A Travellerspoint blog

Dog Meat, KTV, and Hou Hai

The Second Weekend

overcast 28 °C

The Thursday of my second week at CET I went to a Korean barbecue restaurant with some friends, and my friend Will gave me some of his photos. (More of his photos are at www.flickr.com/bellumdeus.)

Korean BBQ restaurant

Pretty waitresses

Delicious sweet potato pancakes

Barbecuing at the Korean BBQ

Dog meat. Jeff liked it. Too gamy for me. Yes, I ate dog meat, and I’m willing to defend my decision if need be.

The next day, Friday, my roommate Yao Yao and I organized a large party at KTV (Karaoke Television). I took these pictures from Facebook since I have none of my own.

Rachel and I

Rachel, Sydney, Me, and Mindy

Pretty much sums up the night.

Singing. It was very, very hot in that little room.

That Saturday I took the photos of my dorm and local area which are in the previous two posts.

After taking those photos some friends and I headed to Lotus Lane. Lotus Lane is the name of a pedestrian walkway lined with restaurants, bars, clubs, and kitschy tourist shops. The street loops around Hou Hai Lake in northern Beijing. Ever since its construction in 2003, Lotus Lane has brought hours of overpriced relaxation to foreigners and Chinese alike.

Three of my friends – Stephen, Will, and Jacob in the back.

Tired of driving? No problem. Pull over - take a nap, do a crossword. Although I don’t think it’s visible at this resolution, there’s a man in this car reading the paper. I find this everywhere in Beijing.

Makes sense for a city that has “Don’t Drive When Tired” signs posted on the highway. I caught a glimpse of one on my way to ACC (my next semester program) this past Thursday. Under the text was a drawing of a man asleep at the wheel.

We often catch cabs on Xizhimenwai Dajie.

The first glimpse of Hou Hai Lake.

The entrance to Lotus Lane. And Starbucks.

Lotus Lane

Behind Lotus Lane is a hutong. A hutong (pronounced hoo-tong, like futon) is a narrow street or alley with traditional style housing. This one is hiding just behind two bars, but most hutong have been replaced by urbanization. The hutong is one of my most favorite parts of Beijing.



This dog did not move from this position and expression for several minutes. A lot of Beijingers have small dogs as pets. They’re often on leashes, and their owners sometimes clean up their poop.


A bridge at Hou Hai.

Jacob’s blonde dreads are unusual enough in America. In China he attracts crowds.

Hutong Pizza restaurant in Hou Hai. Picture courtesy of Will – he’s got superior skills. His one request is that I put this here: www.flickr.com/bellumdeus.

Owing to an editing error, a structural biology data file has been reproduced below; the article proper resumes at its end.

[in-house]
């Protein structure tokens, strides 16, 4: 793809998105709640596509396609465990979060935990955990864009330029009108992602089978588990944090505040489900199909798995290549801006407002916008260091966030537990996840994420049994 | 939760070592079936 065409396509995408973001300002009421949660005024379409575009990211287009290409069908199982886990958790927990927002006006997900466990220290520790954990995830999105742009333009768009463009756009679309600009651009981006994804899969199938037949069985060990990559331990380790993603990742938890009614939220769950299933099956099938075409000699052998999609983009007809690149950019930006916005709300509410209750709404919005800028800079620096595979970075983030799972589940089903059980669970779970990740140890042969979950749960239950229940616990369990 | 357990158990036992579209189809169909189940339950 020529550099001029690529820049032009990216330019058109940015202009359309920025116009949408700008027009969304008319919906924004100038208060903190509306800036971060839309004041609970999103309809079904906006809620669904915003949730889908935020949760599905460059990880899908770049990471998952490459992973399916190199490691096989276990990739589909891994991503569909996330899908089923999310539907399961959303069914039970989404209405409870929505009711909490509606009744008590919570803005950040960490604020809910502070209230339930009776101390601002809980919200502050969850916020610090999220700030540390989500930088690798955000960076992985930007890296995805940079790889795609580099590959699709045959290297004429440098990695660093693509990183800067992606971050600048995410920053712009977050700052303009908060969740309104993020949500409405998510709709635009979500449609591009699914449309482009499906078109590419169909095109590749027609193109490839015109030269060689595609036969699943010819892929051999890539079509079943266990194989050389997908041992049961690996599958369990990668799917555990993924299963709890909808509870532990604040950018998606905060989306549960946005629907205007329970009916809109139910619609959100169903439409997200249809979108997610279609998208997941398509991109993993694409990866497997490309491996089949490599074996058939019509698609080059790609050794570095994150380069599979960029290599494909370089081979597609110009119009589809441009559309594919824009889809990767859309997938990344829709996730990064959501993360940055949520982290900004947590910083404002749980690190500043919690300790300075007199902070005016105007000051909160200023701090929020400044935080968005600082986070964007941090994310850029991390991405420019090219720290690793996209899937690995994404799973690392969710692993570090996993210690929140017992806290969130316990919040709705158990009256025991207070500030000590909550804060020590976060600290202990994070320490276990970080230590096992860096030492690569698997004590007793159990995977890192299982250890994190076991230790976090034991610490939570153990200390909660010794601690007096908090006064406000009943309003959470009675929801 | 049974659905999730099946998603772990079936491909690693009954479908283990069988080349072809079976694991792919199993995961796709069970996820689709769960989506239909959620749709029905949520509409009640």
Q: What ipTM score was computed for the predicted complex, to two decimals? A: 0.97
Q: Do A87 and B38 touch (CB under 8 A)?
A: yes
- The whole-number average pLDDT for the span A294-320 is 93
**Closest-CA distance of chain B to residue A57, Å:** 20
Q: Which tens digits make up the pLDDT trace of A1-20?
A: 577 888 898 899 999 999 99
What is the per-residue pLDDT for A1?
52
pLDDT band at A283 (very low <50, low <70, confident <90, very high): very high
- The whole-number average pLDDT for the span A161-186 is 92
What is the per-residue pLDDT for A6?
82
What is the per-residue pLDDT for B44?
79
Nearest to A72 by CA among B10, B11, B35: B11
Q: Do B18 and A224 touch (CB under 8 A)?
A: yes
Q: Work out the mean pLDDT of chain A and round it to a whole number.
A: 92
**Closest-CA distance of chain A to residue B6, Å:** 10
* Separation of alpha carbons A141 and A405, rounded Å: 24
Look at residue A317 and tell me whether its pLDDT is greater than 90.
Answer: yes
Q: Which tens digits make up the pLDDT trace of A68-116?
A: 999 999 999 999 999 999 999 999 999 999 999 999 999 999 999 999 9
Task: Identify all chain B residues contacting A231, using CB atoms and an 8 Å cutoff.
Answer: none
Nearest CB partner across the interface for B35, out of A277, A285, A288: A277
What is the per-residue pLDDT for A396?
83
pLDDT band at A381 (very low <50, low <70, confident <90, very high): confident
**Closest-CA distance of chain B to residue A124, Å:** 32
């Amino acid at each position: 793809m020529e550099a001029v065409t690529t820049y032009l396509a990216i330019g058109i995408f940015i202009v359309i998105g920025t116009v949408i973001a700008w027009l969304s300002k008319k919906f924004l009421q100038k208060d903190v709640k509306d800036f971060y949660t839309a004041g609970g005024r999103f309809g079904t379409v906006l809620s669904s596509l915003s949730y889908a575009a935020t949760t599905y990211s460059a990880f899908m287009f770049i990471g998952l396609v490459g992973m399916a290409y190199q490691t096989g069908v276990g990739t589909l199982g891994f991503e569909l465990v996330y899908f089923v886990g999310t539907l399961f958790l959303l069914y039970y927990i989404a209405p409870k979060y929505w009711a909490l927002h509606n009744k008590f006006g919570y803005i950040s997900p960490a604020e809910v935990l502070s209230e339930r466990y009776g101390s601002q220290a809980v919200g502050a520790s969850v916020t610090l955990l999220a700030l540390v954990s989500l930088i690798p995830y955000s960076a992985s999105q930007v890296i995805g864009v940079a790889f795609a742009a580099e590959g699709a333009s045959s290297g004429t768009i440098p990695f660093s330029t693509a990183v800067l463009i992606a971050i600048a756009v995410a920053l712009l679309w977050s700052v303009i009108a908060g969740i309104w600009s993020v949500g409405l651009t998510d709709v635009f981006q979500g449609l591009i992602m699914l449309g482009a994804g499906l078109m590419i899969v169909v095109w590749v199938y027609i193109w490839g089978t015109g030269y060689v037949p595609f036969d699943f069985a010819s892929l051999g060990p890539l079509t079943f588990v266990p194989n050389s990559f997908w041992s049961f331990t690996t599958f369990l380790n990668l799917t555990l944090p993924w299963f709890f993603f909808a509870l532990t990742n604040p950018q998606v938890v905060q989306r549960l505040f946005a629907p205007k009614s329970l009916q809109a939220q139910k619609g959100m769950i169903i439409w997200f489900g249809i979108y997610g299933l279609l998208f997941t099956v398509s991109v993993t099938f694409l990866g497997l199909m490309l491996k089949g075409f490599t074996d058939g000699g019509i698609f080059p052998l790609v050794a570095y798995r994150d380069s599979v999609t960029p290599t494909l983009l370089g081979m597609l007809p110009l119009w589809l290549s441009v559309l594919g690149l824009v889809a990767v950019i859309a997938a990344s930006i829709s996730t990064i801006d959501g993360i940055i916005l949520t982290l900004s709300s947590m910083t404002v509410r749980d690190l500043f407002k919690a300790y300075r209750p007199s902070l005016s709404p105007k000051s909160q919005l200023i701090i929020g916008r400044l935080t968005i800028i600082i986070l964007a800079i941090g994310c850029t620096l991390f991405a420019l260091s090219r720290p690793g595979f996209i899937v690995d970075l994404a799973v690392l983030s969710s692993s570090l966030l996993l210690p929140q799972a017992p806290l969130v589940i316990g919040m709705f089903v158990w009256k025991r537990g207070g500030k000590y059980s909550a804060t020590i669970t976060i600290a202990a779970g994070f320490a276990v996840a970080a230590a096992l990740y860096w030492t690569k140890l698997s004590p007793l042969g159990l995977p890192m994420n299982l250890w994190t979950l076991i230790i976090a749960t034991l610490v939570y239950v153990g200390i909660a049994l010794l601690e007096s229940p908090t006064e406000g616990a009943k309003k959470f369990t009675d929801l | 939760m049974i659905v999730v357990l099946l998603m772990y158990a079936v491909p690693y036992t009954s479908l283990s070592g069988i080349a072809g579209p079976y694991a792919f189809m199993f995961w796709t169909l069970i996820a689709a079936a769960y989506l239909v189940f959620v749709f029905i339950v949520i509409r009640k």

Boat jam

Hou Hai Lake. I danced the night away at that building last Tuesday night in celebration of a friend’s birthday.


Nothing like sitting on a couch, looking at a lake, sipping a caipirinha.

And laughing. Stephen, Will, and Victoria.

The next morning we went to Grandma’s Kitchen. Grandma makes excellent French toast.

Mindy and Matt

Victoria, Stephen, and Sophia. They’re sisters, not twins.

After Grandma’s Kitchen, we went to the Silk Street Market, described by Wikipedia as a shopping center “that accommodates over 1,700 retail vendors, notorious among international tourists for their wide selection of counterfeit designer brand apparels.”

This second weekend is the weekend of the eye pimple. I blame the chemicals in the water, not my lack of personal hygiene. I noticed the sty forming between my eyelashes Friday morning before my test, and by the time I left Hou Hai Saturday night I had a full-blown white head blocking my vision. Fortunately it burst while I slept Saturday night and completely healed by Monday. Two others have also gotten eye sties. One girl even went to the hospital for hers.

The second weekend was also the height of my loathing for the Mandarin language. At one point I heard a small boy screaming to his friend in the park and became overwhelmed with jealousy. That twerp was born here, totally unfair. I had nightmares where I could not understand anything anyone said to me. Now it is different. About the third week something in my brain clicked, and it’s been much easier since.

Am I having fun here? I’ve never had so much fun. Before coming here, I didn’t realize life could even be this consistently fun. The city is packed with good food, cheap shopping districts, fascinating historical sites, beautiful parks, and interesting insights into Chinese culture. All of the other students participating in CET are friendly and funny. I get along so well with so many people that the only struggle is choosing which group of friends to accompany. My Chinese roommate and I, despite our different cultural backgrounds, are very similar. We have one of the closest relationships of any of the roommates. Academically the improvement I make each week is palpable. Studying is immediately rewarding because new language knowledge, out of necessity, is used. Overall this experience is invaluable, for both my future ambitions and my growth as an individual. I feel so fortunate to be here.

Posted by spelham 07:25 Archived in China Tagged living_abroad

Email this entryFacebookStumbleUpon

Table of contents


I'm really enjoying your blogs. Thank you so much! Great photos! Is it safe for people to swim in the lakes?

by iluvu

This blog requires you to be a logged in member of Travellerspoint to place comments.

Enter your Travellerspoint login details below

( What's this? )

If you aren't a member of Travellerspoint yet, you can join for free.

Join Travellerspoint